Sweden said it will extradite a Turkish citizen convicted of credit card fraud, in the first extradition since Turkey threatened to freeze Stockholm’s NATO membership.
Turkish President Recep Tayyip Erdogan has threatened to block Sweden from NATO membership if it does not meet several demands [Getty]
Sweden’s government said Thursday it would hand over a Turkish citizen convicted of credit card fraud to Ankara, the first known extradition since Turkey threatened to freeze Stockholm’s application to join NATO.
Turkish President Recep Tayyip Erdogan has threatened to block both Sweden and Finland from NATO membership if they do not meet several demands, including the extradition of people Ankara considers “terrorists”.
Erdogan accuses the two countries of being havens for Kurdish militants, singling out in particular the outlawed Kurdistan Workers’ Party (PKK).
The man facing extradition was identified in Swedish court documents as Okan Kale, and was convicted in Turkey of credit card fraud in 2013 and 2016.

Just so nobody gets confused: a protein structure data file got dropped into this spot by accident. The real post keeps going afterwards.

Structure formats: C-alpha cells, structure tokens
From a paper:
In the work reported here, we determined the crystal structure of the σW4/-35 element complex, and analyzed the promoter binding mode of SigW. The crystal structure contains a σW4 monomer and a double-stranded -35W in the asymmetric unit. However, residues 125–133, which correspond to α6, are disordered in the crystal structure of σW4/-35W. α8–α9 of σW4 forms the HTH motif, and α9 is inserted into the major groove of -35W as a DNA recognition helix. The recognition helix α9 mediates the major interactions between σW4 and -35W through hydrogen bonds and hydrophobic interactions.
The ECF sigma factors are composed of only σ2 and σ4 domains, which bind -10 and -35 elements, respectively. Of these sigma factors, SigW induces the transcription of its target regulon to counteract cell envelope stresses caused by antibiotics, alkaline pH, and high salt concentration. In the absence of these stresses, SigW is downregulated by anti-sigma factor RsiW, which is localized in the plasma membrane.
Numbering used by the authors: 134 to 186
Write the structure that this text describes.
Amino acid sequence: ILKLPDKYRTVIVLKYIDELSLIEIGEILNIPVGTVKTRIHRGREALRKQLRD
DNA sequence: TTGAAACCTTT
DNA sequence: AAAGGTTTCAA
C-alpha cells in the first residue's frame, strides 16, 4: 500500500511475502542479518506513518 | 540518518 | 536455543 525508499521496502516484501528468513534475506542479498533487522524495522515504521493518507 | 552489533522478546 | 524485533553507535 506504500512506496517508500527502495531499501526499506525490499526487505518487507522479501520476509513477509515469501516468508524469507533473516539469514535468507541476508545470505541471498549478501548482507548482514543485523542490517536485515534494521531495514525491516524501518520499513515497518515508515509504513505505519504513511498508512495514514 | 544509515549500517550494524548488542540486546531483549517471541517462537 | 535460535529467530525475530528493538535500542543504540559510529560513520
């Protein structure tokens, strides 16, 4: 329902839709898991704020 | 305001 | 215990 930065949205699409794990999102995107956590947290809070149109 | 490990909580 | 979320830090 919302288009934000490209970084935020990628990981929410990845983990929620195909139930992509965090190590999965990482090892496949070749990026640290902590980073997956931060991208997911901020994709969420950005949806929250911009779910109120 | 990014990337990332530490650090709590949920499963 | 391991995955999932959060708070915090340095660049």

He applied for asylum in Sweden in 2011 but his request was rejected. He was granted refugee status in Italy in 2014.
Kale’s name is on a list published in Turkish media of people Ankara wants to extradite from Sweden.
However, the Ministry of Justice does not want to comment on whether the man was on a list drawn up by Turkey.
It noted that Ankara had requested his extradition in 2021 – well before Stockholm’s application to join the North Atlantic Treaty Organization in May.
– This is a normal routine matter, says the Ministry of Justice’s spokesperson Angelica Vallgren AFP. “The extradition request was received last year.”
Kale has been in Swedish custody since December 2021.
In an agreement signed by Sweden and Finland at a NATO summit in Madrid in late June, the two countries agreed to review Turkish extradition requests “quickly and thoroughly”.
Erdogan said Sweden has given a “promise” to extradite “73 terrorists”.